Steven Rings, Tonality and Transformation, Oxford Studies in Music Theory, Richard Cohn, series editor (New York: Oxford University Press, 2011). xiv + 243 pp. ISBN 978-0-19-538427-7. $35 (Hardback).†
by William O’Hara
S teven Rings’ Tonality and Transformation is only one entry in a deluge of recent volumes in the Oxford Studies in Music Theory series,1 but its extension of the transformational ideas pioneered by scholars like David Lewin, Brian Hyer, and Richard Cohn into the domain of tonal music sets it apart as a significant milestone in contemporary music theory. Through the “technologies” of transformational theory, Rings articulates his nuanced perspective on tonal hearing by mixing in generous helpings of Husserlian philosophy and mathematical graph theory, and situating the result in a broad historical context. The text is also sprinkled throughout with illuminating methodological comments, which weave a parallel narrative of analytical pluralism by bringing transformational ideas into contact with other modes of analysis (primarily Schenkerian theory) and arguing that they can complement rather than compete with one another. Rings manages to achieve all this in 222 concise pages that will prove both accessible to students and satisfying for experts, making the book simultaneously a substantial theoretical contribution, a valuable exposition of existing transformational ideas, and an exhilarating case study for creative, interdisciplinary music theorizing.
 Tonality and Transformation is divided into two parts. The first three chapters constitute the theory proper—a reimagining of tonal music theory from the ground up, via the theoretical technologies mentioned above. The final 70 pages consist of four analytical essays, which begin to put Rings’ ideas into practice. Two of the analyses (Brahms’ Intermezzo Op. 118, No. 2 and String Quintet, Op. 111, ii) are carried over from Rings’ eponymous 2006 Ph.D. thesis, while two (Mozart’s “Un’aura amorosa” from Così fan tutte and the E-major Fugue from Book II of Bach’s Well-Tempered Clavier) are completely new, replacing two Schubert analyses.2 Full, lightly-annotated scores of the music under consideration are helpfully included at the end of each chapter.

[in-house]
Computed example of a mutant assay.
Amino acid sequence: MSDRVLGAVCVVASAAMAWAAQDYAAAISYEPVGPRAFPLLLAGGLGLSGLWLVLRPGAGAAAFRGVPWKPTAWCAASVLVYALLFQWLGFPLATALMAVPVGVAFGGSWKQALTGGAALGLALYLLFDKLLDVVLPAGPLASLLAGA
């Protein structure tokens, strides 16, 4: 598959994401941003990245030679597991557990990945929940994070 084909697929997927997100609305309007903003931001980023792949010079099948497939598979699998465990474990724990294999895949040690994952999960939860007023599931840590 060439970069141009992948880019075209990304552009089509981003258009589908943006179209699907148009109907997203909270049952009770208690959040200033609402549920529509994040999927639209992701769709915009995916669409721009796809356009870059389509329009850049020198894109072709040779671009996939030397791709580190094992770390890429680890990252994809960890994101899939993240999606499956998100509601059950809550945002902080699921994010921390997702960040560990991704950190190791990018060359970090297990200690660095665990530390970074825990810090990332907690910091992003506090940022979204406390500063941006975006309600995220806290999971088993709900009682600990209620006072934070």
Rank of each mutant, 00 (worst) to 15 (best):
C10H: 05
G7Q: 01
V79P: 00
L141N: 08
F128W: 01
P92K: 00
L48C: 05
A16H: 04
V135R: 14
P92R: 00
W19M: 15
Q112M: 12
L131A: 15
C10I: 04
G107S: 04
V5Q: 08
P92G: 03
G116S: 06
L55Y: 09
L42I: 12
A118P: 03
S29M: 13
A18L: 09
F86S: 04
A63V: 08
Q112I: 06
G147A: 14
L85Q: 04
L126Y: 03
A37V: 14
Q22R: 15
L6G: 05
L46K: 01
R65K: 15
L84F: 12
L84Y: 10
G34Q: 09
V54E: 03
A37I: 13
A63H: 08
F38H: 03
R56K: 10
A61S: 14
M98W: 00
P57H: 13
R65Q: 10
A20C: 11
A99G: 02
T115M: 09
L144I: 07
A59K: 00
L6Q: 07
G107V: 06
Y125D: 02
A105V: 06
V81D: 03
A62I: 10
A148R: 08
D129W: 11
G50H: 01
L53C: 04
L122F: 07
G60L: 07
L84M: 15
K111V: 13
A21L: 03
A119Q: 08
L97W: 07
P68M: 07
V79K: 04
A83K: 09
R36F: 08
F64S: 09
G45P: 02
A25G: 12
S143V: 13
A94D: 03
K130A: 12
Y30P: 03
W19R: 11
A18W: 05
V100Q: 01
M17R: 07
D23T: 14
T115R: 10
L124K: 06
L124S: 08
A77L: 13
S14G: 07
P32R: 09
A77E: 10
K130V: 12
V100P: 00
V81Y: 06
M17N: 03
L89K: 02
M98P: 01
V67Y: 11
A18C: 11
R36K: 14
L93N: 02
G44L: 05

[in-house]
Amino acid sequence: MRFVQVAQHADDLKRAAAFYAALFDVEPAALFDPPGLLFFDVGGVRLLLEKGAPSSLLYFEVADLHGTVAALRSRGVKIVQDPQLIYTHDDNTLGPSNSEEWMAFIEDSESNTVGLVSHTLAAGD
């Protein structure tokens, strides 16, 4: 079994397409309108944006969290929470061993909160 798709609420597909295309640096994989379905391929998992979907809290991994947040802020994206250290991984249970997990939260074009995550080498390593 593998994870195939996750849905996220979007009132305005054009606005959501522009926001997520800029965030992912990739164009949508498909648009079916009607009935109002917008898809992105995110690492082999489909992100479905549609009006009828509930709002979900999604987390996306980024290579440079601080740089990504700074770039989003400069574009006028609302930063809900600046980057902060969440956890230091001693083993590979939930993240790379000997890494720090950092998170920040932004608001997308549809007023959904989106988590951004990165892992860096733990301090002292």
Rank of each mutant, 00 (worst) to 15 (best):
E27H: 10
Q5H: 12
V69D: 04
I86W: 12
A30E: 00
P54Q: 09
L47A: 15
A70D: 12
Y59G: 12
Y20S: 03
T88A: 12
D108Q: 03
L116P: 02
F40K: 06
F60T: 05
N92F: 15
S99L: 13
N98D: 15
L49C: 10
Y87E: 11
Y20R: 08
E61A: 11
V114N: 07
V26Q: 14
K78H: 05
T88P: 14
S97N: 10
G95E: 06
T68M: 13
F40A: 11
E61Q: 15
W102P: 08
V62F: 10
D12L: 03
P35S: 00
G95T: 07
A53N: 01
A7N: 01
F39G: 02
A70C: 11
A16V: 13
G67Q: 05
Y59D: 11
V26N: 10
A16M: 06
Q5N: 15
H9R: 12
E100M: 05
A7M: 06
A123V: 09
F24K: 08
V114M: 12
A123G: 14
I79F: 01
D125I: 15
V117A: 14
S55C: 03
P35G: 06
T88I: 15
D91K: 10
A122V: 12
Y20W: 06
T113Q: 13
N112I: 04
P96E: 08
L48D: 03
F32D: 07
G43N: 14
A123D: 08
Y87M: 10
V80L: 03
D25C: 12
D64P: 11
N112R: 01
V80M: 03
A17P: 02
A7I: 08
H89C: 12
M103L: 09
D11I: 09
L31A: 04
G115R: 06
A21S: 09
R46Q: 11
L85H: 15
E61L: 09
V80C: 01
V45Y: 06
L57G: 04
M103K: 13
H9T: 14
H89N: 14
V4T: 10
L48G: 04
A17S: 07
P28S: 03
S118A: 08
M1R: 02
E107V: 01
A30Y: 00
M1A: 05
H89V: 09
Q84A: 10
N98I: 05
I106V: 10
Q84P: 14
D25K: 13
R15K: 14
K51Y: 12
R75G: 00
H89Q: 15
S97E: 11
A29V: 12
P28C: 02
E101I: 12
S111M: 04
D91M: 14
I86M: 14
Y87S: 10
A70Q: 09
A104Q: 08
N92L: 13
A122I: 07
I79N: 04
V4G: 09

While the book arises from a 2006 dissertation, it has been substantially revised and updated, accounting for new research by theorists such as Julian Hook, David Huron, and Dmitri Tymoczko. Perhaps the most notable addition to the original dissertation is the concept of a Tonal GIS (Generalized Interval System), which turns out to be one of the book’s most significant theoretical set pieces. Intriguingly, this addition makes the book closely reflect the structure of David Lewin’s Generalized Musical Intervals and Transformations (1987, hereafter GMIT) which, along with some earlier articles, inaugurated the field of transformational theory. Henry Klumpenhouwer has argued that the “long narrative” of GMIT is one that moves the reader from an intervallic orientation (reflected by the GIS methodology that dominates the first part of the book) to a more first-person position, characterized by the study of musical actions (reflected by transformational theory, which is introduced around the seventh chapter of GMIT).3 The formal layout of the first few chapters of Tonality and Transformation mirrors this narrative: Chapter One presents mathematical preliminaries, Chapter Two introduces a Tonal GIS, and Chapter Three explores the use of transformational networks in tonal analysis. But while Klumpenhouwer believes that Lewin’s text embeds a clear anti-Cartesian agenda, with transformation replacing GIS, Rings argues that as long as we are aware of the ideological baggage carried by any given methodology, we can feel comfortable about allowing both of these technologies and more to co-exist within our toolbox.4 Even so, the narrative parallels to Lewin are striking—it seems clear from the outset that Tonality and Transformation is a direct response to GMIT. It is as much a return to transformational “first-principles” as it is a re-interpretation and expansion of Lewin’s ideas for the exploration of new repertoire. On the very first page, Rings distances himself from the emphasis on voice leading efficiency that has come to dominate Neo-Riemannian and geometric music theories, and declares that he “seeks to return to certain fundamental ideas from transformational and GIS theory, exploring their potential to illuminate familiar aspects of tonal phenomenology.”5